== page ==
Lately the left side of my brain seems to be insisting that I must (MUST) have a plan. Its insistence is egged on by external factors, various people and institutions in different sectors of my life requiring discussion, and in some cases even the filling out of forms, to map out what I will be doing with my time over the next two years. It has been strange interacting with people in this way, since no one seems to be under the delusion that the resulting plan will actually play out in reality. Yet it’s of such importance to everyone that I do it anyway. One person even told me, just tell us what the plan is; we don’t care whether or not you actually follow it.

So on Sunday I found myself sitting on the couch, sharing a bottle of wine with The Photographer, discussing this bizarre situation. It felt like sitting in a boat after a flood, all the wasted remnants of a week’s worth of anxiety floating by casually, unremarkably, things that only days before had seemed like life or death matters. In a moment of clarity, I noted that much of the time, I feel I am a force in my own right, interacting with other forces in the universe, that I have an effect when I put my energy into things. On good days, I am even able to muster some faith that things work out when I am true to self and purpose, that I can ask for help and receive it, and that beautiful solutions can appear unexpectedly, undaunted by my limited capacity for imagining them. Then someone asks me to explain exactly HOW everything will work out, and suddenly, I feel incredibly small, alone, and unsure how I have ever found it within my power to even tie my shoes in the morning.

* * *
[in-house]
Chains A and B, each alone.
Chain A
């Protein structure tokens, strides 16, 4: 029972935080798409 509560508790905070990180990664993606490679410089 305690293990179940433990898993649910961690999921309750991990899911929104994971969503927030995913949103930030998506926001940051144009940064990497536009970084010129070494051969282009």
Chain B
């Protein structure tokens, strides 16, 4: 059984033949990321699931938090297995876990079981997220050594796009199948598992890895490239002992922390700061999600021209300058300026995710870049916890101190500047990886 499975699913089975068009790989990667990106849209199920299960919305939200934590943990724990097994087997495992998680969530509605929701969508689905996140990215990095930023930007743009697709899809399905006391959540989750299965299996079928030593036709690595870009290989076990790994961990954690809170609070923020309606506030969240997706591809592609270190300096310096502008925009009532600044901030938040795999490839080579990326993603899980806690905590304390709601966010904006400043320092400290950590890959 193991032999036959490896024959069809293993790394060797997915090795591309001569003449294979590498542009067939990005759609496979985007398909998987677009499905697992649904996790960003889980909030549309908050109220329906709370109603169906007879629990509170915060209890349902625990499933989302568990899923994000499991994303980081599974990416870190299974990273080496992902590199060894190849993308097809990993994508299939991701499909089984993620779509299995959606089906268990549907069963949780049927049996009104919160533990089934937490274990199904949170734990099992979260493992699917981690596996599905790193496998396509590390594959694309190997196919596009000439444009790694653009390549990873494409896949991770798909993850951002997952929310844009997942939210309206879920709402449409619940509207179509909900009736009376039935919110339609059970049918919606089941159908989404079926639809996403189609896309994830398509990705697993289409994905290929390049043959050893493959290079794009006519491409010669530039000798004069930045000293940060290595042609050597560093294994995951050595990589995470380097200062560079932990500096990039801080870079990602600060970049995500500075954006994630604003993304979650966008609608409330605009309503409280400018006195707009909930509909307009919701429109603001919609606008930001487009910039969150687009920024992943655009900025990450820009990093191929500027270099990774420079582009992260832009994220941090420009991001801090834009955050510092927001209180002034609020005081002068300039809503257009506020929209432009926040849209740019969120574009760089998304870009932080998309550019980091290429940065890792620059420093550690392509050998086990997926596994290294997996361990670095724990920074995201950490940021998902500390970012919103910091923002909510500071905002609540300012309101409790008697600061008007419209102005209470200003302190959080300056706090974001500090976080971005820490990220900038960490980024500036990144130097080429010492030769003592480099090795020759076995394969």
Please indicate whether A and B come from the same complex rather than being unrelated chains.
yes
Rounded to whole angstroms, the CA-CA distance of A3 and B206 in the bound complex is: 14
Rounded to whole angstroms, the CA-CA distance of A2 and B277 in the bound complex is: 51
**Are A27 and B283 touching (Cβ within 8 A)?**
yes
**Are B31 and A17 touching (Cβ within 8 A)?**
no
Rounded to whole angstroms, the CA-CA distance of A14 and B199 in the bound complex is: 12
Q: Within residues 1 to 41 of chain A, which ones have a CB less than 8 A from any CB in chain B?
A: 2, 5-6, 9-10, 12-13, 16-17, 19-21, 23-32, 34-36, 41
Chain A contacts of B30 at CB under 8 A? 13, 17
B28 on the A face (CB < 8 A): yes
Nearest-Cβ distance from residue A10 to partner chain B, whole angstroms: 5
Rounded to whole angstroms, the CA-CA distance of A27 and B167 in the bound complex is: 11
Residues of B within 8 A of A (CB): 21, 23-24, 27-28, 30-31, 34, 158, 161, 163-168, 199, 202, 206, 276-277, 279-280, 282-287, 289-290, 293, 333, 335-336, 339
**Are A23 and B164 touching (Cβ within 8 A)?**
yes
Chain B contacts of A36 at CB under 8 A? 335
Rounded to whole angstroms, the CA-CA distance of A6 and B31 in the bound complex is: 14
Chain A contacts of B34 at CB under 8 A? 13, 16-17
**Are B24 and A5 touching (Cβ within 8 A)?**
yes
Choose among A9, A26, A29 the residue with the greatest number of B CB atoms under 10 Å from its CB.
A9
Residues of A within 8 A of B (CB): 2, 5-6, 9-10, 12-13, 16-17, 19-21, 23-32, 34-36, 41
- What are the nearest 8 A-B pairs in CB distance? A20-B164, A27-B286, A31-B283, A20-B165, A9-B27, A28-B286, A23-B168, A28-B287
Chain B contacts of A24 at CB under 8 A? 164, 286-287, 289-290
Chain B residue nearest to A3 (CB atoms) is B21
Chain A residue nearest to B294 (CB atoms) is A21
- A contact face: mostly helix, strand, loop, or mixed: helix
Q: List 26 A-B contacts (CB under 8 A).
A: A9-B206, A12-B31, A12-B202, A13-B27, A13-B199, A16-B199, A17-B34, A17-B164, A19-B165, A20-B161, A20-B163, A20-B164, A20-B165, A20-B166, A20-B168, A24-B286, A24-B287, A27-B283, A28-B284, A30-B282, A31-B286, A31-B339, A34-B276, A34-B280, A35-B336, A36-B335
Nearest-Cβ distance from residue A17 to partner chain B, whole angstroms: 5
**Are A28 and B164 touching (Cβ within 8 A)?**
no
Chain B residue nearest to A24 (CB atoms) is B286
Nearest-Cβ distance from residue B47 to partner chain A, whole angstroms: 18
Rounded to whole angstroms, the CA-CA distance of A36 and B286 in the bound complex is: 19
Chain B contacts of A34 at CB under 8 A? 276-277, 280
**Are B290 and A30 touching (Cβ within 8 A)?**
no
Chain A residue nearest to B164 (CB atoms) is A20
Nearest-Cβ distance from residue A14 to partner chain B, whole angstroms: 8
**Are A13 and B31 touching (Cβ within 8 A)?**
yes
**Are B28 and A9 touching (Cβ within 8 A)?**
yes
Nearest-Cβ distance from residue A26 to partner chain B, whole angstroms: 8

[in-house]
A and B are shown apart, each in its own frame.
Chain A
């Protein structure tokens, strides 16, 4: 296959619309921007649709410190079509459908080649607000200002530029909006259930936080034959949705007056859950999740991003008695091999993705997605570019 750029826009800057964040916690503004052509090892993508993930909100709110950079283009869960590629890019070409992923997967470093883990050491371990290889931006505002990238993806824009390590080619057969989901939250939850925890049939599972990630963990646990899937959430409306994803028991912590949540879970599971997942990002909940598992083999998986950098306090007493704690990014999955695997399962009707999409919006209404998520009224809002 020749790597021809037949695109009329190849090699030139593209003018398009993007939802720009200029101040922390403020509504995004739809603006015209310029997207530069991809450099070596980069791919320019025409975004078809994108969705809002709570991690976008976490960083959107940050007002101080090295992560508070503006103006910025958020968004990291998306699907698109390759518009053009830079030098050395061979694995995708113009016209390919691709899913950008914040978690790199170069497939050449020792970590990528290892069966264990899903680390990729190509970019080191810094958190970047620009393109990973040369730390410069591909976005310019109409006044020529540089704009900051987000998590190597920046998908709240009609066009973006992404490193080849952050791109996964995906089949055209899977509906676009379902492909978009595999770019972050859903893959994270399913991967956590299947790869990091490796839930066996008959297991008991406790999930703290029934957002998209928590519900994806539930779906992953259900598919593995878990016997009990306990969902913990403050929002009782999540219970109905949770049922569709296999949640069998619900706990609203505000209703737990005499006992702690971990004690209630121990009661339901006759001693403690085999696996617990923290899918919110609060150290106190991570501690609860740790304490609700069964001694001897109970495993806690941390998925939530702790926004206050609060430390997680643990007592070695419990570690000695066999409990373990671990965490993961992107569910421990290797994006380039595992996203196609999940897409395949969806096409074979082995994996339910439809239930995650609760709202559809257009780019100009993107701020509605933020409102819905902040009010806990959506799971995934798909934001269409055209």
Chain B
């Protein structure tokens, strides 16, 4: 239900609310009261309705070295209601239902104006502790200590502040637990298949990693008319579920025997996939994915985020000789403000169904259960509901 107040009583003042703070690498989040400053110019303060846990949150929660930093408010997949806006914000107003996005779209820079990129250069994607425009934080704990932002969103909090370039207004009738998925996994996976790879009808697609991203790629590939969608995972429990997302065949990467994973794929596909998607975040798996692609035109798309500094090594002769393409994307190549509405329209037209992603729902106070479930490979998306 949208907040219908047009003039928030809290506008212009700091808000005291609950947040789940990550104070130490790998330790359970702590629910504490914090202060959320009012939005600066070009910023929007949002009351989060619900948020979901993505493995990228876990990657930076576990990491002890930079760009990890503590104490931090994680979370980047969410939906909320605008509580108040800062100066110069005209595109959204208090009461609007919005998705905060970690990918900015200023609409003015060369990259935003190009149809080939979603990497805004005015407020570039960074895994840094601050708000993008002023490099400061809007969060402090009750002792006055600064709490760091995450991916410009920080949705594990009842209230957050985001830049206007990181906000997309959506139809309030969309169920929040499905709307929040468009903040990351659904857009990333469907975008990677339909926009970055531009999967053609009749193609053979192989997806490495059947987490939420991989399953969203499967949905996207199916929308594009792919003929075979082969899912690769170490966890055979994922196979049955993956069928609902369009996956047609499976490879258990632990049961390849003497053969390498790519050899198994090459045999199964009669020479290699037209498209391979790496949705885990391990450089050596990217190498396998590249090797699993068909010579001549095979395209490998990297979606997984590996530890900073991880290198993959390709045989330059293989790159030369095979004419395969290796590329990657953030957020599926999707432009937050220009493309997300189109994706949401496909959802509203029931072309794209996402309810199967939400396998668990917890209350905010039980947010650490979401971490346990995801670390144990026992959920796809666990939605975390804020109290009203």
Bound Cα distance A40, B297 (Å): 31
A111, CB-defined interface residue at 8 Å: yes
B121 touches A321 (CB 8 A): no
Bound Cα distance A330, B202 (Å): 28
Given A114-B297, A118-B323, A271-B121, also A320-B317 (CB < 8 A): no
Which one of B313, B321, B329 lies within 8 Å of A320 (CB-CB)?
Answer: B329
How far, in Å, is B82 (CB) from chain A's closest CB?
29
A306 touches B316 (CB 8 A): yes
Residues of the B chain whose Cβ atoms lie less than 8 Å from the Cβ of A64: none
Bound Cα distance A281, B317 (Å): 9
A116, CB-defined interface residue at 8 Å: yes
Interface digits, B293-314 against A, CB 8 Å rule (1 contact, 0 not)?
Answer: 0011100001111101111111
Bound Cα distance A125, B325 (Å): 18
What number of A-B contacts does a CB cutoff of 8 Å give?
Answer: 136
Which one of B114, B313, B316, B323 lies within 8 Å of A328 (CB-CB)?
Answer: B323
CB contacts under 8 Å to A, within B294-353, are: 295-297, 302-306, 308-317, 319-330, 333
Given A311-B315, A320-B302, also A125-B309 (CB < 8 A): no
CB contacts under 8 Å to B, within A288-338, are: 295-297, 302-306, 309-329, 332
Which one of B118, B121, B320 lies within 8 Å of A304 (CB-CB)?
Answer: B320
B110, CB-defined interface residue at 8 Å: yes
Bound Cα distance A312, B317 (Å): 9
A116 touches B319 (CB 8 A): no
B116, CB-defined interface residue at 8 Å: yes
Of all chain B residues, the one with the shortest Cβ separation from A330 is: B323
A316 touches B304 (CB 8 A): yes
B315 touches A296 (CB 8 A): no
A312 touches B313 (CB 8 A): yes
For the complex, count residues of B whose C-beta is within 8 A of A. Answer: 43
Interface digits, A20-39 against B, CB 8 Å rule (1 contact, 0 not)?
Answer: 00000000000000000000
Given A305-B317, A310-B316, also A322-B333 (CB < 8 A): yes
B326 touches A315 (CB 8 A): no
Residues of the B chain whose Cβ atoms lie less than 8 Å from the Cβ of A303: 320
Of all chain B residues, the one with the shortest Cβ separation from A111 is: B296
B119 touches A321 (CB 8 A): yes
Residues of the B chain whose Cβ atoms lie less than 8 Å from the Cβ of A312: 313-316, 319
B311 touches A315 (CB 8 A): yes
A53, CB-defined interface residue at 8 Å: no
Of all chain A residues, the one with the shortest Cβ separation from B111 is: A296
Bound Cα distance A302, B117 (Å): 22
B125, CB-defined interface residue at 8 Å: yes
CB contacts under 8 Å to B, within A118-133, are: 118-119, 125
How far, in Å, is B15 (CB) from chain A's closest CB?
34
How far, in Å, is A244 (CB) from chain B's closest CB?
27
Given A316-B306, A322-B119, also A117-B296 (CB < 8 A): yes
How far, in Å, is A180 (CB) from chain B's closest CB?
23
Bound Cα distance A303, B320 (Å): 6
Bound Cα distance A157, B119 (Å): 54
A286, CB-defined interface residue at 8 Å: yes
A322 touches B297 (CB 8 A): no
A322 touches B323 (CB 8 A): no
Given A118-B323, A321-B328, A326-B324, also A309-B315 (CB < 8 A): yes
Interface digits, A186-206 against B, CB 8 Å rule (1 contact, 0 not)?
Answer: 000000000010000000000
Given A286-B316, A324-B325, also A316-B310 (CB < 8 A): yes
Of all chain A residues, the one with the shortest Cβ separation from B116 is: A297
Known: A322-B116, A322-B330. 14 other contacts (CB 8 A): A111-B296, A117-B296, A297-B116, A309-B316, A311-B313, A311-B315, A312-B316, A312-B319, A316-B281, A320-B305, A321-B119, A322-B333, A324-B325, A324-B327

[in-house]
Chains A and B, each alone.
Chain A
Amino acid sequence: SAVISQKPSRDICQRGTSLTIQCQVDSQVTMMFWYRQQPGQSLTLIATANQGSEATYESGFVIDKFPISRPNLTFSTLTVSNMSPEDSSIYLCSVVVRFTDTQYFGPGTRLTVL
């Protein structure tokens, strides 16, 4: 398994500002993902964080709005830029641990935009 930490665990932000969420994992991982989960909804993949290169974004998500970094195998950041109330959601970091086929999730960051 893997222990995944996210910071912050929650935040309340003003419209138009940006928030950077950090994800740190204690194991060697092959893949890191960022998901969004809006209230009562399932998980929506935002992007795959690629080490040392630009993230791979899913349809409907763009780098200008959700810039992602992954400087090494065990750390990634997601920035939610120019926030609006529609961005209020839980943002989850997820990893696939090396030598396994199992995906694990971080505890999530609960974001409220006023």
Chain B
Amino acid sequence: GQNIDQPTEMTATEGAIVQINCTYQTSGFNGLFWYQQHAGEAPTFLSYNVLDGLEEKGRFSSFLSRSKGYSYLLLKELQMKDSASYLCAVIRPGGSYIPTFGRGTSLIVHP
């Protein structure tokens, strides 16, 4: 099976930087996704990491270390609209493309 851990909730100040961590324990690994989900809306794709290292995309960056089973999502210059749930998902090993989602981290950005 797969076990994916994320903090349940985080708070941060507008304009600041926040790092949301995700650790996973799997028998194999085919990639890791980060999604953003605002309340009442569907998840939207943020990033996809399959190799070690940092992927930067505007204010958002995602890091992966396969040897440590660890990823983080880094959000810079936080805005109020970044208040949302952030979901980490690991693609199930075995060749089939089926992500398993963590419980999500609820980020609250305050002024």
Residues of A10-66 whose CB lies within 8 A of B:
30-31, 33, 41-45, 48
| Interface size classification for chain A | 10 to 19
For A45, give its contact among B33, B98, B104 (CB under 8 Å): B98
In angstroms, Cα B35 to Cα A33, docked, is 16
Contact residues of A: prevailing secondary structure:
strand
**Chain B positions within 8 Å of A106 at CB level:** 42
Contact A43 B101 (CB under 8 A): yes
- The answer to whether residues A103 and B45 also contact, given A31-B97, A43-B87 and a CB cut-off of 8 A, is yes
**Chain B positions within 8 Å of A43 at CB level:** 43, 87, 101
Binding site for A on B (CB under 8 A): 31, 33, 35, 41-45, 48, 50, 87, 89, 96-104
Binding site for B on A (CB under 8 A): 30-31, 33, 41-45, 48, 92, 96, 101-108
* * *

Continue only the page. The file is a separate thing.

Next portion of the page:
On Sunday I was fortunate enough to have someone who could help me out of the flood water and into the boat. I was reminded that the best way to realign with a more expansive sense of self is through connection with other. That in itself is a beautiful solution, one I could not have imagined.

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